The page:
with PAUL CARRACK in 1993 (2nd from left)
1989, Paul returned to the studio to record his fourth solo album, Groove
Approved. The album featured the modest U.S.
hit “I Live By The
Groove” and the Nick Lowe/Paul Carrack tune “Battlefield” which was
later covered by Motown legend Diana Ross among others. The
album was less commercially successful than other recent Carrack projects
peaking at #120 on the Billboard album chart.
In July 1990, Paul Carrack rejoined ex-Pink Floyd
member Roger Waters
for the live reenactment of his classic Floyd penned epic, The
Carrack joined Waters in performing The
Wall live in Berlin, Germany in front of an estimated 250,000 fans at the
site of the Berlin Wall along with notable musicians such as Bryan Adams,
Cyndi Lauper, and The Scorpions among others. The concert was later
released as an album and video release.
MIKE & THE MECHANICS in
During this period, Paul Carrack was contacted by former Beatle Ringo
Starr. Ringo was pulling together a new touring band for a summer 2003
tour in support of his latest release Ringorama,
and asked if Carrack would be interested. Having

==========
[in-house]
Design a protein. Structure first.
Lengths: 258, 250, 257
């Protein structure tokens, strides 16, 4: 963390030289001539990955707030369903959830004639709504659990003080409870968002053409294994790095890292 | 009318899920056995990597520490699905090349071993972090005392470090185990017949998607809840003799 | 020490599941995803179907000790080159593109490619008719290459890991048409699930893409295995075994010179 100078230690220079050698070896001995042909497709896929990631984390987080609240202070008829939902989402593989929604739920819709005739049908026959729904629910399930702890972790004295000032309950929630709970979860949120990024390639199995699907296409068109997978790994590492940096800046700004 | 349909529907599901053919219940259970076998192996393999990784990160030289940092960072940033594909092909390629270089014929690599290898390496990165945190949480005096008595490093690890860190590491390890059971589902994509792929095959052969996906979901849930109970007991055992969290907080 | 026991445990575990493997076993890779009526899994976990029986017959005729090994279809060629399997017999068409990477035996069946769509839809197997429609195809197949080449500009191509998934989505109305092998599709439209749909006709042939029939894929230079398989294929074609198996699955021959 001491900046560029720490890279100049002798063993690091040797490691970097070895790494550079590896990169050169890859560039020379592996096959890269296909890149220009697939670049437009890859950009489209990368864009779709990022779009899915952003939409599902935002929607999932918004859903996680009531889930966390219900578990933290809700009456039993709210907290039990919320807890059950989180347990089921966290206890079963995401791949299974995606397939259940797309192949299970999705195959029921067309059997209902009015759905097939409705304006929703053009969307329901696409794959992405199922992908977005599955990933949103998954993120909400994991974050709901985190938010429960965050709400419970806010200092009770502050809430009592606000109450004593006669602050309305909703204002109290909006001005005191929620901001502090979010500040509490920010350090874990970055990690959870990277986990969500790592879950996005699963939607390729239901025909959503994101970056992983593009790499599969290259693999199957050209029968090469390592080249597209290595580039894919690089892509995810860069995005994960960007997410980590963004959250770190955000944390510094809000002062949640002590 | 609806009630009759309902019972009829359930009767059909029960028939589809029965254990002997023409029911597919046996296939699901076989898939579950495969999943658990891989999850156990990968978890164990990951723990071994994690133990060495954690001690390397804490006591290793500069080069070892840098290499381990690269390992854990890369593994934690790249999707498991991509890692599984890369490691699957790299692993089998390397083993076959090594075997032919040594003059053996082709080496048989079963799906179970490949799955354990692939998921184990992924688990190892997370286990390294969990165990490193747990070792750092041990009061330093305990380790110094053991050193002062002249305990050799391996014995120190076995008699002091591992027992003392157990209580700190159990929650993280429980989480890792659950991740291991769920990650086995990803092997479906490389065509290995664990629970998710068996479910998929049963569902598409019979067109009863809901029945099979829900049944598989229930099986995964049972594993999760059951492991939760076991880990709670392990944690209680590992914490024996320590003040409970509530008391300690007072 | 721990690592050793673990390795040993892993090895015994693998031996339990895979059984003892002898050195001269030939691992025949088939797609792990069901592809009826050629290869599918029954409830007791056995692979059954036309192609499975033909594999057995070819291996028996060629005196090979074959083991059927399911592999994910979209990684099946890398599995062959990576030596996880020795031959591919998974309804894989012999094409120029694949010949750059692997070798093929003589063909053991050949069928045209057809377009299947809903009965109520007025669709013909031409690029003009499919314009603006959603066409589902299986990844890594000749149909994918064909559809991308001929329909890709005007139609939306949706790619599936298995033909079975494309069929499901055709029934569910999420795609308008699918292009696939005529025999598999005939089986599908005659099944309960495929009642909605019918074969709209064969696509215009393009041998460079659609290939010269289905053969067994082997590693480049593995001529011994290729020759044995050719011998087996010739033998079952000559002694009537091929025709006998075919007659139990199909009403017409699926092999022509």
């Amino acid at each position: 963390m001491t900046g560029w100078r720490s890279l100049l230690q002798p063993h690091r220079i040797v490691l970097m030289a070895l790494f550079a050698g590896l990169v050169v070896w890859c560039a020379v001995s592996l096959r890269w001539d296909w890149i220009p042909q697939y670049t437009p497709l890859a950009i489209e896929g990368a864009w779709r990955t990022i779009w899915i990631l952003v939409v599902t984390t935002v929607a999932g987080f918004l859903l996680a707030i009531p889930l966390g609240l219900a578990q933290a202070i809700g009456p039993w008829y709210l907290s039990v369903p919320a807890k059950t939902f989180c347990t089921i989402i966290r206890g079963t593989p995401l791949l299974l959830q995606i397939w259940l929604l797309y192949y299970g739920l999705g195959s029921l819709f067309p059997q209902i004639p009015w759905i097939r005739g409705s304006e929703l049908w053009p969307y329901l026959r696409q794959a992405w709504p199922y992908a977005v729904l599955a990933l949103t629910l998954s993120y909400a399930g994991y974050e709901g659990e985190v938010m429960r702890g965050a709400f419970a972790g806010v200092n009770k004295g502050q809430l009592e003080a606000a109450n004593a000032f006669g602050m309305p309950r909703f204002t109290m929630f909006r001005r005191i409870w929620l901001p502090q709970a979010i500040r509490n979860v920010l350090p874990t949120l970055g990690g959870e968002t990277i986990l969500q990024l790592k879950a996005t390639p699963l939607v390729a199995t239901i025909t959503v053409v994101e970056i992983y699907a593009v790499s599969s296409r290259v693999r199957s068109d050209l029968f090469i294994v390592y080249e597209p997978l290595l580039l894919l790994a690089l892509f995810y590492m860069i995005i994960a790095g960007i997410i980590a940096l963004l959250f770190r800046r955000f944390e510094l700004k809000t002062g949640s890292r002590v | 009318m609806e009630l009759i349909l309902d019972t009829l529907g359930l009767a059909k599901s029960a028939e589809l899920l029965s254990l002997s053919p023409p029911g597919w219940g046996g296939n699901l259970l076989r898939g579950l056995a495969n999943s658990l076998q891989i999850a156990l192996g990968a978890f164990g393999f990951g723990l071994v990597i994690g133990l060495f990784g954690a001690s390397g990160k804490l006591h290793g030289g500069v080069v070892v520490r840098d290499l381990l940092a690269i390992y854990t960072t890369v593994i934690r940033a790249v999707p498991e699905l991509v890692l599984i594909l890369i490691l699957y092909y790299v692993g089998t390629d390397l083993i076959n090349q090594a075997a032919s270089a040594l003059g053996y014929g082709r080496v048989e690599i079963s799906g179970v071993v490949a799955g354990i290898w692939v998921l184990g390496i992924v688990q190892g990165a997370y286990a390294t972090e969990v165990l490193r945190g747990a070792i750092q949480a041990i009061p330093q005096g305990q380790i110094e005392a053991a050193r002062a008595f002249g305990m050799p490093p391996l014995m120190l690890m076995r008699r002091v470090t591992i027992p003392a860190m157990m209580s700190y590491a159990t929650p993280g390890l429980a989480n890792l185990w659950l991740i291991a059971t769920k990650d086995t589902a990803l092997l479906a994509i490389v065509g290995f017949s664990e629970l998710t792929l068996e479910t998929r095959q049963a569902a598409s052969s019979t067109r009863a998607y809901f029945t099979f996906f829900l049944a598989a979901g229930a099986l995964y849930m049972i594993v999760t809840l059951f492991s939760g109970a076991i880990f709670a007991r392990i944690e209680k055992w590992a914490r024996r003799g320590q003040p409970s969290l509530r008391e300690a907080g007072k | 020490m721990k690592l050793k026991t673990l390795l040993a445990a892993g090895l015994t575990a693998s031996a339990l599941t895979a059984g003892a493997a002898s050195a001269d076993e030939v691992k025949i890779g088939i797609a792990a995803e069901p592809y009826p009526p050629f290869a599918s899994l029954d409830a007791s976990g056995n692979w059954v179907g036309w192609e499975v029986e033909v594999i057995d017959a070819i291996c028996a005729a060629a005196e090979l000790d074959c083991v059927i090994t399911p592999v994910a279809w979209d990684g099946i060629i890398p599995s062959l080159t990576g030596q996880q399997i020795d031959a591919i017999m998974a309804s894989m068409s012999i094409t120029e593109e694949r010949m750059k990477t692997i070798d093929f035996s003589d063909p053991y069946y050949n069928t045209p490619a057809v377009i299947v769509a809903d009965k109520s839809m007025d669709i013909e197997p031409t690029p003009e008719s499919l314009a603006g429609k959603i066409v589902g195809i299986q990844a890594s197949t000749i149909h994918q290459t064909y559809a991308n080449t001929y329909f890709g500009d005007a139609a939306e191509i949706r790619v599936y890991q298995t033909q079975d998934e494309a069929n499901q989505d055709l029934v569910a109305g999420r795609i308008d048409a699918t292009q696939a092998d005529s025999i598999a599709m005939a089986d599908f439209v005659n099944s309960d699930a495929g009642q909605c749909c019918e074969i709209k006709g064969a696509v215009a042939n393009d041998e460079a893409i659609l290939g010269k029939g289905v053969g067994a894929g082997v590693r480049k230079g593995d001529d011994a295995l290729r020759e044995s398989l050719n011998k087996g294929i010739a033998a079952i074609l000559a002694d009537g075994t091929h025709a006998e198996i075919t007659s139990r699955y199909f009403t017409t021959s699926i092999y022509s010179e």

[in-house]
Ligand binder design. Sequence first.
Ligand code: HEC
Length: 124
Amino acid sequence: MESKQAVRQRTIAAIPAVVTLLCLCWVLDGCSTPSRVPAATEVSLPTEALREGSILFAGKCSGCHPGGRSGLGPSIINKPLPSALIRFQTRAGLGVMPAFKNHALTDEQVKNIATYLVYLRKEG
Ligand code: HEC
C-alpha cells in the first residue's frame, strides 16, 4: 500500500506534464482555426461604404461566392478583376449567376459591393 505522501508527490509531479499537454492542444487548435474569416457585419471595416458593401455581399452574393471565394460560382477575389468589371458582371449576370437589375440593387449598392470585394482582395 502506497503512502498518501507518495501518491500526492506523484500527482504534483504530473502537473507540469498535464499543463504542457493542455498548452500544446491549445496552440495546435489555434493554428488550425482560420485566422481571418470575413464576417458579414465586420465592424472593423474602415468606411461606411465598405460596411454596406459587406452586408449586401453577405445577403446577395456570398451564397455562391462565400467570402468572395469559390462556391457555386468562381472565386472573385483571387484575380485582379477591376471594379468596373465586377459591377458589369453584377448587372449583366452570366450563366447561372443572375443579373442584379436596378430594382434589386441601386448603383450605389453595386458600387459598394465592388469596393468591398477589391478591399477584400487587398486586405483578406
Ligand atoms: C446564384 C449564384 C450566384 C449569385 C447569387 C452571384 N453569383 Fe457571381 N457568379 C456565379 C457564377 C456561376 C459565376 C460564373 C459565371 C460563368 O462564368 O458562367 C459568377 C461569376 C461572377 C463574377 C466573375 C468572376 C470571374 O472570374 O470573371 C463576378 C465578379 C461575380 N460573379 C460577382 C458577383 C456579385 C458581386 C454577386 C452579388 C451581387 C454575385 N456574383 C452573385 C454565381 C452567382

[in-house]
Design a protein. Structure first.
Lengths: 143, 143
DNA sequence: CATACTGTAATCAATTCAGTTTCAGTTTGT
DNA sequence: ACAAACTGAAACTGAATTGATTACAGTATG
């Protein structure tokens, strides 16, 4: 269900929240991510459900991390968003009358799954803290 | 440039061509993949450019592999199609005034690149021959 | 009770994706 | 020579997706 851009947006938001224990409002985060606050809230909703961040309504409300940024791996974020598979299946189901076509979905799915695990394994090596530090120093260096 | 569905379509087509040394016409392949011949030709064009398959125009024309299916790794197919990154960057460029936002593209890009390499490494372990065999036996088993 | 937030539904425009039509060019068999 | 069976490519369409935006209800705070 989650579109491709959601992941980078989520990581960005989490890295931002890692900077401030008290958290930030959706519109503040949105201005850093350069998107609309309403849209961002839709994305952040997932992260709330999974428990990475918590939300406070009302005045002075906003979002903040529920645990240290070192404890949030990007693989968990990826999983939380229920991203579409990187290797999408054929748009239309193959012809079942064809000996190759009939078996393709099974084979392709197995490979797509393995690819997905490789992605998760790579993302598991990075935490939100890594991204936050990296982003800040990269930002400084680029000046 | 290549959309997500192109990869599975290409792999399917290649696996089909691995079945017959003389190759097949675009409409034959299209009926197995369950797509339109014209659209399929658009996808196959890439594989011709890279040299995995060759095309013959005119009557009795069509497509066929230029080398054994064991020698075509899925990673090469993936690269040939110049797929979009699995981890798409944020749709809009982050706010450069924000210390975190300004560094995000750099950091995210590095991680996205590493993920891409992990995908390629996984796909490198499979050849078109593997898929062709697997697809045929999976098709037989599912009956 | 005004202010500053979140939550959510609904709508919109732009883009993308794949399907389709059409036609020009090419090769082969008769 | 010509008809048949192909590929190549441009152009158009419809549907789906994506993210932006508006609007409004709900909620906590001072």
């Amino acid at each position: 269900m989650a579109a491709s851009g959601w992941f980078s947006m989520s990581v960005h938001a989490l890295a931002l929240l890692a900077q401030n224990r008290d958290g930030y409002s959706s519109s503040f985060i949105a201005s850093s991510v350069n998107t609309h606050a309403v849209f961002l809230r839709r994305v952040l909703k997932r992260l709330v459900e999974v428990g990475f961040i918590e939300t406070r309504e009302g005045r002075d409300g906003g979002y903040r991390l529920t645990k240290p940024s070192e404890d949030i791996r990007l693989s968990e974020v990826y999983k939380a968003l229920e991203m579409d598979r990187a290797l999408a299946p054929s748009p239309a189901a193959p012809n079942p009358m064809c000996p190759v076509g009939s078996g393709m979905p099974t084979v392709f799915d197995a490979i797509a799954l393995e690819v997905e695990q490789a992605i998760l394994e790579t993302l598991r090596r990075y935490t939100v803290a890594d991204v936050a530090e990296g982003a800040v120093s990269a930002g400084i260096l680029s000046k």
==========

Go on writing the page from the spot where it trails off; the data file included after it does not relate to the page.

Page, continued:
been asked once before and being unable to commit due to other
professional obligations, Carrack signed on this time around and joined
John Waite, Colin Hay, Sheila E., and Mark Rivera on tour across
the United States and Canada.
At the completion of the Ringo Starr tour, Paul Carrack returned to Europe
to embark on another leg of solo touring in support of his own It Ain’t Over album through spring 2004.
In June 2004, the
final Mike and The Mechanics album, Rewired, was released in Europe
and Asia (it was eventually released in North America in September 2005).
Despite the previous decision not to tour without the late Paul Young,
Rutherford and Carrack decided to tour Europe briefly in support of the Rewired
album, including a few European dates opening for Phil Collins in his
First Final Farewell Tour.
2004 also saw the
release of the 2003 Ringo Starr and his All-Starr Band summer tour on
compact disc and DVD as well as Paul Carrack's first live album, Live
At The Opera House, a double disc set and DVD recorded in Buxton, England in
In 1990, Carrack also teamed up again with Nick
Lowe, resulting in Lowe’s critically acclaimed Party
Of One album. After the concert in
Berlin and the project with Nick Lowe, Paul Carrack returned to Mike & The
Mechanics to record 1991’s Word of
the making of the album, Mike Rutherford began to relinquish some control over the songwriting process,
allowing band members more creative input than on previous Mechanics
of Mouth reached #107 on the Billboard album chart in the
U.S., failing to achieve the success of previous Mechanics albums. The band attributed this dip in sales to the changing music scene and